Officially, the modules are made to meet the CL16 timings at DDR4-2400 quickly and error-free at 1.20 volts, which is the JEDEC standard DDR4 voltage.
The fast timings and frequencies are recorded in the modules as XMP-2400 (Intel Extreme Memory Profile), and some motherboards can query these in a manner similar to how they query the conventional timings’ SPD (Serial Presence Detect) value.
Performance of Crucial Ballistix Sport DDR4 2400 C16 4x4GB
We reset the XMP 2.0 profile and processed to boot with the Sport LT in place after cleaning the CMOS from our previous kit tested. When we entered Windows, everything was just as it had been explained. All 16GB of the Ballistix Sport LT were appropriately registered at 2400MHz at 16-16-16-39 2T timings. The timeframes were then lowered in an attempt to reduce instability, and we were successful for a while. We reduced the timings to an outstanding 12-13-13-39 using 1.35V to the VDIMM setting in BIOS and a 1T command rate.
Even with 1.35V, we were unable to test for overall speed to the extent that we would have liked. With a setting of 2666MHz, we were able to boot the system, which is nice, but anything higher will lead to instability. We are nonetheless proud that we used a low voltage kit to get thus far.
Although our initial results might not appear promising, bear in mind that this is the only 2400MHz memory tested on this chart. In theory, it should perform better than the JEDEC settings, which it does with ease. However, the fact that the Sport LT RAM is just marginally slower than 2666MHz and 2800MHz kits says a lot about its performance. While timings and raw speed may not seem important to some, we discovered that using them with those changes results in a substantial improvement in performance.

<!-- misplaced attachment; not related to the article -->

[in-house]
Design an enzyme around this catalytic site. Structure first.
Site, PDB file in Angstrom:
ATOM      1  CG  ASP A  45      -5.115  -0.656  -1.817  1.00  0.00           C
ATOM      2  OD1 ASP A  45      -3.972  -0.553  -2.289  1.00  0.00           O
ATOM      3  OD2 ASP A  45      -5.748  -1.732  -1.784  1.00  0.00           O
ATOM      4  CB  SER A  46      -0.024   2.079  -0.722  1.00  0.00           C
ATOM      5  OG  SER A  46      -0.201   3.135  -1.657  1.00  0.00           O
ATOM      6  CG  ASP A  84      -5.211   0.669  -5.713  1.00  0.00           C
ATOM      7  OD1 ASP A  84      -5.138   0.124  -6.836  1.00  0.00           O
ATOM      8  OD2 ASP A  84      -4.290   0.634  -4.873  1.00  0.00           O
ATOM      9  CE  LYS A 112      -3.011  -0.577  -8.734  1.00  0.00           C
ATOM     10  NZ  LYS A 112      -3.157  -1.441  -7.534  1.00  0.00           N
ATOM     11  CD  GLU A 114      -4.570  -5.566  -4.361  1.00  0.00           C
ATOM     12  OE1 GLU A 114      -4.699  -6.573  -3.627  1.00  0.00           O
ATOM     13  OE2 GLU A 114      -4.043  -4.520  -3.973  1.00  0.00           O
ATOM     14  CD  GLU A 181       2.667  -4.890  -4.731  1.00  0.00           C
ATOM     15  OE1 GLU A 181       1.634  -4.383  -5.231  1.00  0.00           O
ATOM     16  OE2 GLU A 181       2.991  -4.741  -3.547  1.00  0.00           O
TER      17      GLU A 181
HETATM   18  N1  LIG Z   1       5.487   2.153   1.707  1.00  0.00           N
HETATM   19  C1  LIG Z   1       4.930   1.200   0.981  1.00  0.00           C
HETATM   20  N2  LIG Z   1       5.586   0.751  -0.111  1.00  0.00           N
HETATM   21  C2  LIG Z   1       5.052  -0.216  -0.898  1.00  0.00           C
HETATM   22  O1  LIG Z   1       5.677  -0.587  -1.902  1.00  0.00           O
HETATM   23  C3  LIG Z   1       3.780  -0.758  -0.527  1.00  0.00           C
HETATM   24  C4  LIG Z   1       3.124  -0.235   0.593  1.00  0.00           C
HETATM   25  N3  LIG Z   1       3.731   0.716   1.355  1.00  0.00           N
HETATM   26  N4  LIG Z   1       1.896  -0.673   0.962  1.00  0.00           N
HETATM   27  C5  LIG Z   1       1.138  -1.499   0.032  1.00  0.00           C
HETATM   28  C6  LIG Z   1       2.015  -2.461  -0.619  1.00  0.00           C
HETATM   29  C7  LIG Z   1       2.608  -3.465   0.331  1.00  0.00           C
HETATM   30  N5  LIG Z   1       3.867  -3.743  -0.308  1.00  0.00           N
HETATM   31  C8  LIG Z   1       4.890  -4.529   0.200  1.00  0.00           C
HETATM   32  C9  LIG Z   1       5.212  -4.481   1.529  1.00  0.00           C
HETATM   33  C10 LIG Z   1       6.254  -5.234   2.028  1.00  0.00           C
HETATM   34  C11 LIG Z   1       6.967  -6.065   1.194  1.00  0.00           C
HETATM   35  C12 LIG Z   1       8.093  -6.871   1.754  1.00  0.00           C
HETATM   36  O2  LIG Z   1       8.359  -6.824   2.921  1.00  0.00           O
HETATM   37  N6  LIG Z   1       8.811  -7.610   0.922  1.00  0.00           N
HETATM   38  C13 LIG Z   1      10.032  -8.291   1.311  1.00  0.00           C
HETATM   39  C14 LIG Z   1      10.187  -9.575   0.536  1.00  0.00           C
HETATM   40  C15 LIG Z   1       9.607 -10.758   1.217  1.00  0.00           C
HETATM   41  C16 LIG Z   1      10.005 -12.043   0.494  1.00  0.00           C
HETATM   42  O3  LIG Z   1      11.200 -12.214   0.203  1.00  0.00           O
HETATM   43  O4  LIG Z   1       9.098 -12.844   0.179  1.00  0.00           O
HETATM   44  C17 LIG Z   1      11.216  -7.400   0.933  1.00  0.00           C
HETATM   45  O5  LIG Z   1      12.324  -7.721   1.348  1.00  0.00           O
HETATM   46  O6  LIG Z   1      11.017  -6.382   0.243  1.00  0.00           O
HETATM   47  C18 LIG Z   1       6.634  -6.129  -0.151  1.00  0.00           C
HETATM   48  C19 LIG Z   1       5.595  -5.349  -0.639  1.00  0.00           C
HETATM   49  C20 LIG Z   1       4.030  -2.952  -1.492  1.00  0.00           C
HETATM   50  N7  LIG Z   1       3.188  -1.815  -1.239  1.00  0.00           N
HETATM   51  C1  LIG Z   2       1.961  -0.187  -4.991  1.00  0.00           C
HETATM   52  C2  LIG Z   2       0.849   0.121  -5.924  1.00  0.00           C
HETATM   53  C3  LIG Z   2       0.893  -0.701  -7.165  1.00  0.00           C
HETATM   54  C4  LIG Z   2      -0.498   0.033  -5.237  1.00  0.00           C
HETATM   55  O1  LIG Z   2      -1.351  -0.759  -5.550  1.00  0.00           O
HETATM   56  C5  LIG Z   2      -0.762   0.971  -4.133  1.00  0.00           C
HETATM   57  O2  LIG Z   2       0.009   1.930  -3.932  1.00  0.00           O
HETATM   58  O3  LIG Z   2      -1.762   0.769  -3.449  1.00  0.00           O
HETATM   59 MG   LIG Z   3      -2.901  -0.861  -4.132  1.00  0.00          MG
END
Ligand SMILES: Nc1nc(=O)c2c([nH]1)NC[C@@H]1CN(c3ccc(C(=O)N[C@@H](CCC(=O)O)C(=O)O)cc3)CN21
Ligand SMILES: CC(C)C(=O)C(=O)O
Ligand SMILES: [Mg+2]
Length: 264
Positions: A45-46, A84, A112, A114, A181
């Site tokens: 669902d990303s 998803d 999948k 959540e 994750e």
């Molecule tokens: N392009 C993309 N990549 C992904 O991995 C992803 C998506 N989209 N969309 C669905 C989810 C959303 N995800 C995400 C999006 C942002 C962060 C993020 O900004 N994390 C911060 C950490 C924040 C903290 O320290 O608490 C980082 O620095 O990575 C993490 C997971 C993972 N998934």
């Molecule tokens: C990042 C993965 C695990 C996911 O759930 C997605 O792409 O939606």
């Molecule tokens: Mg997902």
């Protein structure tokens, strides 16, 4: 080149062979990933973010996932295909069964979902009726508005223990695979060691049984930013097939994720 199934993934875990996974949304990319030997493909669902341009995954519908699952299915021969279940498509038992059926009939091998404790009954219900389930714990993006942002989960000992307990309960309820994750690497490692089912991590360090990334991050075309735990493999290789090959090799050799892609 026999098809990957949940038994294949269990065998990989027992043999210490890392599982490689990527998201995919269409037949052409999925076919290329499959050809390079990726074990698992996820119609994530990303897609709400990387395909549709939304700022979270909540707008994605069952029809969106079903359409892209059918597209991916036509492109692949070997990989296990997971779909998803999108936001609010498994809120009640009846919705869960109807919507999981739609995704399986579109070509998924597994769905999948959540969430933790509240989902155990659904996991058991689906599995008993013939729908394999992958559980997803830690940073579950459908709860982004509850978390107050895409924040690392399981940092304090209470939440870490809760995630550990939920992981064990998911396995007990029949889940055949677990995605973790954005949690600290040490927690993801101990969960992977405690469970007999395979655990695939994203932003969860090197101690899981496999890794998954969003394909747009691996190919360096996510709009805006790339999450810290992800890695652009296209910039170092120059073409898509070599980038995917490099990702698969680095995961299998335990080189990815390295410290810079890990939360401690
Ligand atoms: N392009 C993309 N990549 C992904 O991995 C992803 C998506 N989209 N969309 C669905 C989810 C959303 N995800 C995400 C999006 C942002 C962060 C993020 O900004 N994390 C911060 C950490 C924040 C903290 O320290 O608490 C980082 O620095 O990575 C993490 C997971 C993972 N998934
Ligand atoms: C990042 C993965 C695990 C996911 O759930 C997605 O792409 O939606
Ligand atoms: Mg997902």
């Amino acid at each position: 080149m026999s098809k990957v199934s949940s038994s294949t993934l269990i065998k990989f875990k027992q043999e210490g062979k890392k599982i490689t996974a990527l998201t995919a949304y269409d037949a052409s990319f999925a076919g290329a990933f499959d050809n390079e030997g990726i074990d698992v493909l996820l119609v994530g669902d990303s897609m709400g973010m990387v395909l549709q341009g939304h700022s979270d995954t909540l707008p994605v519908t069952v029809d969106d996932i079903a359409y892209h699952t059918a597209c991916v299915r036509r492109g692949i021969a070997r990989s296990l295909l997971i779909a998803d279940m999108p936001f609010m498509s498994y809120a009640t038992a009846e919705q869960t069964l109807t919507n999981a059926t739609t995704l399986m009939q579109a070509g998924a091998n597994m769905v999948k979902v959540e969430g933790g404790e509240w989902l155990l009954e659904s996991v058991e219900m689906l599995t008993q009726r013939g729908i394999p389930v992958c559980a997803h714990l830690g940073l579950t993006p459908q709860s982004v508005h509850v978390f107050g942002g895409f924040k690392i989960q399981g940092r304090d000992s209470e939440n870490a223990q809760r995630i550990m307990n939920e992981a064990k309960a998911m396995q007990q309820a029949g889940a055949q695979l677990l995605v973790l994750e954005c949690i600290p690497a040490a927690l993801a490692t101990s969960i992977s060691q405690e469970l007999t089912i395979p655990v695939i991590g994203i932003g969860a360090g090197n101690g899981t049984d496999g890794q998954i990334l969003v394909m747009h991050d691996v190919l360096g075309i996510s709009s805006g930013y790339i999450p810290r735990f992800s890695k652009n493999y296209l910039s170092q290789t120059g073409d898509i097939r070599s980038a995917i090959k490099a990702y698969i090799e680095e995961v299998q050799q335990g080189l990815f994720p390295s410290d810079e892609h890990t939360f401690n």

The Crucial Ballistix Sport DDR4 2400 C16 4x4GB lags behind every other piece of equipment we evaluated for JEDEC criteria in terms of efficiency. Of course, this is to be expected, but the outcomes of our lowered times were unexpected. When these compete with the Panthers, ROG Impacts, and even the 2800MHz Viper 4s at the bottom, we can see that raising the speed does help quite a deal.
Although there are several 2133MHz kits available as well, the Ballistix Sport is a 2400Mhz kit, which is essentially the standard for DDR4. Even at stock speeds, the Sport line’s performance is rather strong, and it performed admirably. When the RAM was overclocked, the performance dramatically improved. The Sport 2400MHz kit wasn’t too far off from the Tactical 2666MHz kit we had previously tested when the overclock was applied. I had a good feeling about the Ballistix Sport RAM after seeing the performance improvement, which was equally as amazing as the overall overclock I had managed to achieve.
Final thoughts on Crucial Ballistix Sport DDR4 2400 C16 4x4GB
Even small heat sinks for overclocking can be helpful with slightly higher memory voltages to get better overclocking outcomes. Overall, it can be overclocked well, both with and without voltage increases, but as an OC kit, we wouldn’t call this a Crucial Ballistix Sport Kit because the overclocking results fall short of those of the previously tested DDR4-2133 CL15 modules, and this is something that even an XMP profile cannot change.
Overall, if you want to install the modules without overclocking, Crucial Ballistix Sport DDR4 2400 C16 4x4GB modules are a very good option because they have higher performance right out of the box.
Crucial Ballistix Sport DDR4 2400 C16 4x4GB RAM